Increase Your Public and Social Sector Impact Through Lean Methodologies

In the US, public debts keep mounting, taxpayers keep insisting on lower taxes, and vital services and infrastructure keep declining. We need to find a new way of designing and paying for government. Cost cutting isn’t enough. We need transformation. Lean production principles can transform public and social sector work.

Government is interested in lean, as witnessed by this McKinsey article. Another McKinsey study shows that government can be a leader in digital goods and services. Lean methods show the way.

Lean Focuses on the Process

In Lean Thinking, authors Womack and James describe the lean approach as focusing on

all the specific actions required to bring a specific product (whether a good, a service, or increasingly, a combination of the two) through the three critical management tasks of any business: the problem-solving task running from concept through detailed design and engineering to product launch, the information management task running from order-taking through detailed scheduling to delivery, and the physical transformation task proceeding from raw materials to a finished product in the hands of the customer.

Don’t be put off by the business-oriented language if you work in the public and social sectors. Your organization performs these same activities to serve your clients. You just call them different things.

Why focus on the end-to-end process like this? Because you can uncover, and then eliminate, wasteful practices. Eliminating waste saves you money, allowing you to meet the needs of your clients without exceeding your financial resources.

Here’s one example. A UK social services agency found they spent 85 percent of their time managing and maintaining their bureaucracy, instead of serving their clients. By redesigning their end-to-end process, they switch to spending 80 percent of time actually helping clients.

How can you understand your process from end to end? Pretend you’re a client. Staple yourself to a request for service or payment and observe the process as the request moves through your organization.

Public and Social Sector Obstacles to Lean Approaches

Lean is not easy, nor quick, although you can see some improvements from the very start. Taiichi Ohno developed the Toyota Production System, which is now known as Lean . After 50 years of following Lean, Ohno felt the company was maybe halfway done.

Lean is a mindset, a culture. Changing mindsets and cultures is difficult. Implementing lean methods in public and social sectors have additional challenges identified in the McKinsey article:

  • Disconnect between buyer and user: Buyers may be government agencies, foundations, or individual donors. User or end-customers may be individuals or groups receiving goods or services. This disconnect often forces public and social organizations to focus on improving two different processes.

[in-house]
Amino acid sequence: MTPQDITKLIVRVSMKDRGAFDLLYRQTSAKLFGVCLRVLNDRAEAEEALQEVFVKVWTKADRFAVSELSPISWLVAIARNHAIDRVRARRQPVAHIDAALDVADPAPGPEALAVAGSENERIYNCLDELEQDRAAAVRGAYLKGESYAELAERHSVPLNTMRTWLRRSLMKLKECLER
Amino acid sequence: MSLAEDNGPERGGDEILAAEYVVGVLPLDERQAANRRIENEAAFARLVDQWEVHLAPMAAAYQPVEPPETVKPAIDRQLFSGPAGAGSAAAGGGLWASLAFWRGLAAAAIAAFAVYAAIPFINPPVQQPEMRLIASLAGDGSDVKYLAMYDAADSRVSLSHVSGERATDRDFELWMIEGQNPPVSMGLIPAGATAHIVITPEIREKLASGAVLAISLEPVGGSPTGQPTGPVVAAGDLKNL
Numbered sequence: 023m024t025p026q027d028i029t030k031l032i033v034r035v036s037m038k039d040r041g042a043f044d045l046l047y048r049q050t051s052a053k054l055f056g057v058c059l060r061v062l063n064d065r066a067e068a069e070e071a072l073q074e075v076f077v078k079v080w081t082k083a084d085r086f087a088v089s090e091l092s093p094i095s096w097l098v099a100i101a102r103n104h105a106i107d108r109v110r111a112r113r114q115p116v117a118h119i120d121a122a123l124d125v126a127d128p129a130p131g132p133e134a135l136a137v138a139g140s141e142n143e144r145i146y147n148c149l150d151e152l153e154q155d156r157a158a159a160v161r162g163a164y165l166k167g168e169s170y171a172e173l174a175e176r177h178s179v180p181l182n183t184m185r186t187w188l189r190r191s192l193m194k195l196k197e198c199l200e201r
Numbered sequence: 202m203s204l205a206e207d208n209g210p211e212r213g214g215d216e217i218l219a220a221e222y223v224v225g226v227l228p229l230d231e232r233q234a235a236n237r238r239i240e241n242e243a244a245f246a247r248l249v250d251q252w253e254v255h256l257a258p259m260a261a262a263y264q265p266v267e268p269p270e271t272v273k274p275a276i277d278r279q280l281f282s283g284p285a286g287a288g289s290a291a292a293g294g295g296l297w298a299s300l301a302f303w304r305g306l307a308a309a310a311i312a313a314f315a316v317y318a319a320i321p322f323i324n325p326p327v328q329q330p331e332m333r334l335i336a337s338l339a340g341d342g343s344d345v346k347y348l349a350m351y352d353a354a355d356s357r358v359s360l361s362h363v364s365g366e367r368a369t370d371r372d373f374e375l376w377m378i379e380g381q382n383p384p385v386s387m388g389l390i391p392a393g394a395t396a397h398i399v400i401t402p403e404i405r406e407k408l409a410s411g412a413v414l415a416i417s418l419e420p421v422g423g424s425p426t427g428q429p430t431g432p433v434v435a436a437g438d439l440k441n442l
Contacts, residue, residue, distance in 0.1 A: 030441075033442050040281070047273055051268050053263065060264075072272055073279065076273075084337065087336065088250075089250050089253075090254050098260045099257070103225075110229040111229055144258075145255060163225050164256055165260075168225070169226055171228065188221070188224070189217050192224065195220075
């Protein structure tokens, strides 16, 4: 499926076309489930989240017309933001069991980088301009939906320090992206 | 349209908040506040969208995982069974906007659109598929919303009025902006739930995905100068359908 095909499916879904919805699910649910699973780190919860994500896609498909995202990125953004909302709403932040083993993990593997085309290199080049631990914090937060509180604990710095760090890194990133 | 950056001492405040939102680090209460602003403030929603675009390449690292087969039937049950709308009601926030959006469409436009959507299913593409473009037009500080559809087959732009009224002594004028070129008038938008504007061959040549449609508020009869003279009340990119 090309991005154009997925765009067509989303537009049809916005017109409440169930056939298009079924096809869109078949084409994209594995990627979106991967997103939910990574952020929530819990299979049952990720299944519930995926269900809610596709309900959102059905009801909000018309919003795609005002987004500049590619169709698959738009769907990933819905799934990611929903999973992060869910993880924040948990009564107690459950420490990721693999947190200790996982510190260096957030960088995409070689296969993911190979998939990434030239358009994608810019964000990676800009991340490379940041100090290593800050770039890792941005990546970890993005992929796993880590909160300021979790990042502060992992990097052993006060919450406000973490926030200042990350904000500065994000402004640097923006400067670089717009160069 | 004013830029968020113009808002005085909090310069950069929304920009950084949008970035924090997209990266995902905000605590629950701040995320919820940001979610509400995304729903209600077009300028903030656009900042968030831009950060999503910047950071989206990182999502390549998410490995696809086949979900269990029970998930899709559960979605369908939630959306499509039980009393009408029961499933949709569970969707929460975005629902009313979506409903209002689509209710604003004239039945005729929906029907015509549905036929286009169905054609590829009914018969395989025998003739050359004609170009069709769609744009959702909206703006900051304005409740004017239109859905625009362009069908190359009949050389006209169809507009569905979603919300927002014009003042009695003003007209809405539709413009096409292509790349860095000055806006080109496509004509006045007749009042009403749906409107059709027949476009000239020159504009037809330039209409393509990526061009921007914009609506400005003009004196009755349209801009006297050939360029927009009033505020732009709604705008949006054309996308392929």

• Lack of clear process ownership: A public sector organization rarely invents and controls the processes it must follow. Regulations and policies govern much of what is done. Organizations may start their lean journey focusing on what they do control, and later move towards influencing regulation and policy.
  • Lack of customer or process mindset: Public and social organizations may be more focused on policy and regulation than on delivering value to customers. Lean forces focus onto delivering value while also maintaining compliance. This additional focus can feel like an additional burden instead of a benefit.

Key Concepts in Lean Methodology

Lean is a large field. You can earn a master’s degree in lean management. I’ll try to do justice to some key concepts in a few bullet points:

  • Waste: Ohno identified several types of waste to eliminate: delay, overproduction, defects, excess inventory, and activity and transportation than doesn’t add value.
  • Kaizen: This means continuous improvement through waste reduction. It often takes the form of kaizen events, where process owners and workers make improvements to their workspaces and activities.
  • Flow: Instead of performing batches of similar work, perform a process from start to finish as a continuous flow.
  • Pull: Once you’ve established flow, only initiate the flow when you have demand from a customer.
  • Just-in-Time: When you have flow and pull, you can add to inventory and perform tasks as items and work are needed.
  • Kanban: Use visual cues to indicate pull, items in flow, and problems preventing flow such as need for additional inventory.
  • Cells: Instead of organizing departments according to job type or function, create multi-function cells that can carry out a flow from end to end.

Lean production principles can transform public and social sector work. You can continually eliminate waste, improve effectiveness and raise efficiency. In the public and social sectors, this means free up resources to meet both client needs and budget constraints.

One great thing about lean methodology is that you can start with one concept, one change, and measure your improvement. So, which lean concept would help your organization today?

Lean Thinking and other books mentioned in this blog are available in the bookstore.

(Image courtesy of Flickr)


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